Madame Ton Nu Thi Ninh, a career diplomat who served in the National Assembly of Vietnam, said that the fact that the American courts allocate more than one hundred million to a few Americans but “does not even concern the hundreds of thousands of Vietnamese” with somewhat similar claims, is a “harsh reality that we must recognize”.
Pham Truong, director of VAVA’s international relations department, pointed to the lack of current US support for people with disabilities in Agent Orange-sprayed provinces citing recent Roundup awards. “Each person who brings a lawsuit can recover 80 million dollars”, he estimated, referring to the reduced amount a Californian judge awarded an American gardener with terminal cancer. “In the meantime, how many are there for the Vietnamese victims?” 10 million dollars per year, for 3 million Vietnamese affected.
For countless families like Mit’s, US government funding isn’t just about justice or fairness – it’s an urgent humanitarian need. The Vietnamese government makes payments to about half a million families affected by Agent Orange, but these monthly allowances, which are up to $ 150 for veterans and about half that amount for civilians, do not not enough to cover basic expenses – let alone ensure a dignified lifestyle. Mit and her husband supplement the money they receive from the government by growing green tea and black pepper. But even so, they struggle to earn the $ 200 per month they need to meet their most basic needs. Despite their age, Mit and Loc continue to work almost around the clock as caregivers and breadwinners.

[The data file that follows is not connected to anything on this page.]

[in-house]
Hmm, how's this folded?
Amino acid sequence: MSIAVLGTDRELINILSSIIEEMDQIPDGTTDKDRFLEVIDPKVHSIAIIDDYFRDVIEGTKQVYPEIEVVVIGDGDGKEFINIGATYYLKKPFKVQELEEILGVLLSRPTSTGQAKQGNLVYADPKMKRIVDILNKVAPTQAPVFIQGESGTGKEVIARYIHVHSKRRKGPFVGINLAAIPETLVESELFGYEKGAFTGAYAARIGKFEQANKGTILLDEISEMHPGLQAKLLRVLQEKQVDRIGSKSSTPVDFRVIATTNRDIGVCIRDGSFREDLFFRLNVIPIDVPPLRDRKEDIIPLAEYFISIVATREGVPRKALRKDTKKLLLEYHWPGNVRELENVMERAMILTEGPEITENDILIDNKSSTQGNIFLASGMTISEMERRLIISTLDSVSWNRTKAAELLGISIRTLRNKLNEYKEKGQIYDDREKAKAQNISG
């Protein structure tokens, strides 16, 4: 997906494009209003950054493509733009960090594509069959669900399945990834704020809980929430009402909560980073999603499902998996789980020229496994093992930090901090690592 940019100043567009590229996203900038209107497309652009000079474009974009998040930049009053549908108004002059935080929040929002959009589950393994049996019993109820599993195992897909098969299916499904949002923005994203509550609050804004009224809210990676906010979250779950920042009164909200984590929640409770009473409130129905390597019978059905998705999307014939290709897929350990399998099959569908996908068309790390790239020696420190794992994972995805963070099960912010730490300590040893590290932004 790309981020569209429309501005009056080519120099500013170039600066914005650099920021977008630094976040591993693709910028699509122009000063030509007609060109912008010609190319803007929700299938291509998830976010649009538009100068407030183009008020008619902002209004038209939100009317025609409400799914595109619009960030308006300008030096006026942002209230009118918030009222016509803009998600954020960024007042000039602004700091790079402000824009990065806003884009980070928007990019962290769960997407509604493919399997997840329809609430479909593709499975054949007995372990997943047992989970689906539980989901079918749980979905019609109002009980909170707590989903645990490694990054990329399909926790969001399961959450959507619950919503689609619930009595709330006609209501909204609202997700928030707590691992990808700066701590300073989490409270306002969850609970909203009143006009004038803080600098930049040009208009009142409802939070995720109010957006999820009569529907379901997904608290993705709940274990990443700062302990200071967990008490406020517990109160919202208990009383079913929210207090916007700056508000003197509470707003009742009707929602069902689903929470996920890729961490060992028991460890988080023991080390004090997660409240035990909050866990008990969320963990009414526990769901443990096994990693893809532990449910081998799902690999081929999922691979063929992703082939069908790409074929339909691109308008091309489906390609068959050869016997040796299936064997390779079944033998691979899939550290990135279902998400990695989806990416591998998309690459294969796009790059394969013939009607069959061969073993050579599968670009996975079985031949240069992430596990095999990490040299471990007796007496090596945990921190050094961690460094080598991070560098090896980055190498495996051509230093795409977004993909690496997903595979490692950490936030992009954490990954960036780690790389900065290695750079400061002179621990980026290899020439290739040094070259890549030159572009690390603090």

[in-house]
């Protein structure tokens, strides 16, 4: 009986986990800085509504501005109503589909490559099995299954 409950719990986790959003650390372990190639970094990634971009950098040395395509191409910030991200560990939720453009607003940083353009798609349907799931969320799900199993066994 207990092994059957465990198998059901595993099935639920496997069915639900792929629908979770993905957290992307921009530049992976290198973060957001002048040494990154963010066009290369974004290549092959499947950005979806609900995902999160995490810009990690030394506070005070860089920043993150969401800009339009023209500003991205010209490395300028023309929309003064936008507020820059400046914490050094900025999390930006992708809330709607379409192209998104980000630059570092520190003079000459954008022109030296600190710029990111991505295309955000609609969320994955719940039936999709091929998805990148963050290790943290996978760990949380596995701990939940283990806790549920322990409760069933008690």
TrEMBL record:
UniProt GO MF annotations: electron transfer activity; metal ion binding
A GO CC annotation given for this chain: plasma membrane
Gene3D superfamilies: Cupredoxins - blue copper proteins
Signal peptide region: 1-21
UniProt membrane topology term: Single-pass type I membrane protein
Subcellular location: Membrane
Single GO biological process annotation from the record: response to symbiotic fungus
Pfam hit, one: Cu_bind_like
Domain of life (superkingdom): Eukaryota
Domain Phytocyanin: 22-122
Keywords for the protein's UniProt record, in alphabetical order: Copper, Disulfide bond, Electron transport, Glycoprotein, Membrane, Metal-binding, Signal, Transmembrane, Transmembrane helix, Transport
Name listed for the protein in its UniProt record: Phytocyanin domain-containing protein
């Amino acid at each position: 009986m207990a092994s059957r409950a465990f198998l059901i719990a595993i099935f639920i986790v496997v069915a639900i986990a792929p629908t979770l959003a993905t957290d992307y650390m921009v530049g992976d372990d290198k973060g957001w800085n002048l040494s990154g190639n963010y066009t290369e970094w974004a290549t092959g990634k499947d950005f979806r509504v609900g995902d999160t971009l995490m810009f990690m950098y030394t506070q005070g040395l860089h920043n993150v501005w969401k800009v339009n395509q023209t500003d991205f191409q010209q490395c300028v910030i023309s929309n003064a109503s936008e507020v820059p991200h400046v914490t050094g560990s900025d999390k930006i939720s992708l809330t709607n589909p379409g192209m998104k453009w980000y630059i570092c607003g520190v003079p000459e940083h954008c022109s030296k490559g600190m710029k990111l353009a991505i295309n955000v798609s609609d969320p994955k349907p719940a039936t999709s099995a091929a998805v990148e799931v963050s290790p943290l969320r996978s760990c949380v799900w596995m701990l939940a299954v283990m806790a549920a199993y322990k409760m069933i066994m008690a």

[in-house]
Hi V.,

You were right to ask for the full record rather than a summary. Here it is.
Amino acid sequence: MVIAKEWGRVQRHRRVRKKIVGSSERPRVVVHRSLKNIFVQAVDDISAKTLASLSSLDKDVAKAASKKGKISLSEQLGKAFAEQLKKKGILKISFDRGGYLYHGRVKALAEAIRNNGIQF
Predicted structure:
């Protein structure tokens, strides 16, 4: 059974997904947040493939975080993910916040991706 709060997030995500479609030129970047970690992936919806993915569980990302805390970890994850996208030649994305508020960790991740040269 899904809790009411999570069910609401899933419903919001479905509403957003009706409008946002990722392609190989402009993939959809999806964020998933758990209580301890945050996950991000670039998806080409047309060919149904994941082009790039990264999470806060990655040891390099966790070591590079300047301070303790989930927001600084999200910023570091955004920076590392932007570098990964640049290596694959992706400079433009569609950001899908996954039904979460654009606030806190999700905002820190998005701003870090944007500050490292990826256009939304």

The coming rainy season will only exacerbate the hardships of poor families struggling to care for disabled children. Mit’s roof is already leaking and Loc noted he might not withstand a typhoon. Hoang Thi Thê, another guard I met in central Vietnam, urged me to post something quickly. Thê’s late husband was exposed to Agent Orange while serving in Quang Tri province during the war, and Thê continues to take care of their 42-year-old daughter Nga, who can hardly move and speak with great difficulty. Thê receives money from the government, but it is barely enough to cover food. Thê cannot afford the electricity and told me that her house, which is dark and damp, will almost certainly be knee deep in the next rains. At 81, she doesn’t know how long she will be able to last.
Sonya Schoenberger is a doctoral candidate at Yale Law School and a doctoral candidate in history at Stanford University. His reporting in Vietnam was supported by a grant from the Council on Southeast Asia Studies at Yale.